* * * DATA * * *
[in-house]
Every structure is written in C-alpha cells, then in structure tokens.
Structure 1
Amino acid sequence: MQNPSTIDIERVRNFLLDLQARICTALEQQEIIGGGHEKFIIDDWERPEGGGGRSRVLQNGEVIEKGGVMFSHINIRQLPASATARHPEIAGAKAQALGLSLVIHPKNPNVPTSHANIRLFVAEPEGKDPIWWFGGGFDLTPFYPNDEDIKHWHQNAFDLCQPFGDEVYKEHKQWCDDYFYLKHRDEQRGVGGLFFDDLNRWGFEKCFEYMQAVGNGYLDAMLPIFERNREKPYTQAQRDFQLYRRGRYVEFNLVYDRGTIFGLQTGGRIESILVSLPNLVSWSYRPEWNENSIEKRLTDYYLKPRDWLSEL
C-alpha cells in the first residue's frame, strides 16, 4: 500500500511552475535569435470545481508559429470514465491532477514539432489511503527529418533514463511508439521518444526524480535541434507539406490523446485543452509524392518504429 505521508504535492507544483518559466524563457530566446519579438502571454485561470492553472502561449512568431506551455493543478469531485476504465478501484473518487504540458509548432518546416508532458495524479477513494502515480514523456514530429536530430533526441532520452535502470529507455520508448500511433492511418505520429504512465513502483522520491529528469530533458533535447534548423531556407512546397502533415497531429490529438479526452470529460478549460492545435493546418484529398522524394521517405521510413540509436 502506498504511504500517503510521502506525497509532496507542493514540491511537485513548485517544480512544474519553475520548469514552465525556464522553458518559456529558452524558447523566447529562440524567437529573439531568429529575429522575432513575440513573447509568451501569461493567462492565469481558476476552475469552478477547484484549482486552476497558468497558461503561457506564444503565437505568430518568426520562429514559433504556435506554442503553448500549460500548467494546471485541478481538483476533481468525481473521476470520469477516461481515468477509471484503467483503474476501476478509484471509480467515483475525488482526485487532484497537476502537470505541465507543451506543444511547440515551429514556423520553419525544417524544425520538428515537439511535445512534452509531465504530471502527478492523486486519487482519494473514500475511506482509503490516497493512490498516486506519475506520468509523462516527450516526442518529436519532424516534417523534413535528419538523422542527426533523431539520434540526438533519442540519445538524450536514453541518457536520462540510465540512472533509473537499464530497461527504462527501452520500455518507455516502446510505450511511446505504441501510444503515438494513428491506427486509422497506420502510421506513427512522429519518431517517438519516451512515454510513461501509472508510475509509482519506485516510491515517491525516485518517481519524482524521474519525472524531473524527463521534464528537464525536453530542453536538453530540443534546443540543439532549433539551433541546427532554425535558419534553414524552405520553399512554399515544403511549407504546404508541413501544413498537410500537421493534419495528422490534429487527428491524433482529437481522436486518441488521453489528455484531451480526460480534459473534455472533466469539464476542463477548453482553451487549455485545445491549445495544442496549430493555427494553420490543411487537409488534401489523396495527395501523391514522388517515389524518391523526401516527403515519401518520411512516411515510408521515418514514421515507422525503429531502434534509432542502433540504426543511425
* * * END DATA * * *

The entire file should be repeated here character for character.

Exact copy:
[in-house]
Every structure is written in C-alpha cells, then in structure tokens.
Structure 1
Amino acid sequence: MQNPSTIDIERVRNFLLDLQARICTALEQQEIIGGGHEKFIIDDWERPEGGGGRSRVLQNGEVIEKGGVMFSHINIRQLPASATARHPEIAGAKAQALGLSLVIHPKNPNVPTSHANIRLFVAEPEGKDPIWWFGGGFDLTPFYPNDEDIKHWHQNAFDLCQPFGDEVYKEHKQWCDDYFYLKHRDEQRGVGGLFFDDLNRWGFEKCFEYMQAVGNGYLDAMLPIFERNREKPYTQAQRDFQLYRRGRYVEFNLVYDRGTIFGLQTGGRIESILVSLPNLVSWSYRPEWNENSIEKRLTDYYLKPRDWLSEL
C-alpha cells in the first residue's frame, strides 16, 4: 500500500511552475535569435470545481508559429470514465491532477514539432489511503527529418533514463511508439521518444526524480535541434507539406490523446485543452509524392518504429 505521508504535492507544483518559466524563457530566446519579438502571454485561470492553472502561449512568431506551455493543478469531485476504465478501484473518487504540458509548432518546416508532458495524479477513494502515480514523456514530429536530430533526441532520452535502470529507455520508448500511433492511418505520429504512465513502483522520491529528469530533458533535447534548423531556407512546397502533415497531429490529438479526452470529460478549460492545435493546418484529398522524394521517405521510413540509436 502506498504511504500517503510521502506525497509532496507542493514540491511537485513548485517544480512544474519553475520548469514552465525556464522553458518559456529558452524558447523566447529562440524567437529573439531568429529575429522575432513575440513573447509568451501569461493567462492565469481558476476552475469552478477547484484549482486552476497558468497558461503561457506564444503565437505568430518568426520562429514559433504556435506554442503553448500549460500548467494546471485541478481538483476533481468525481473521476470520469477516461481515468477509471484503467483503474476501476478509484471509480467515483475525488482526485487532484497537476502537470505541465507543451506543444511547440515551429514556423520553419525544417524544425520538428515537439511535445512534452509531465504530471502527478492523486486519487482519494473514500475511506482509503490516497493512490498516486506519475506520468509523462516527450516526442518529436519532424516534417523534413535528419538523422542527426533523431539520434540526438533519442540519445538524450536514453541518457536520462540510465540512472533509473537499464530497461527504462527501452520500455518507455516502446510505450511511446505504441501510444503515438494513428491506427486509422497506420502510421506513427512522429519518431517517438519516451512515454510513461501509472508510475509509482519506485516510491515517491525516485518517481519524482524521474519525472524531473524527463521534464528537464525536453530542453536538453530540443534546443540543439532549433539551433541546427532554425535558419534553414524552405520553399512554399515544403511549407504546404508541413501544413498537410500537421493534419495528422490534429487527428491524433482529437481522436486518441488521453489528455484531451480526460480534459473534455472533466469539464476542463477548453482553451487549455485545445491549445495544442496549430493555427494553420490543411487537409488534401489523396495527395501523391514522388517515389524518391523526401516527403515519401518520411512516411515510408521515418514514421515507422525503429531502434534509432542502433540504426543511425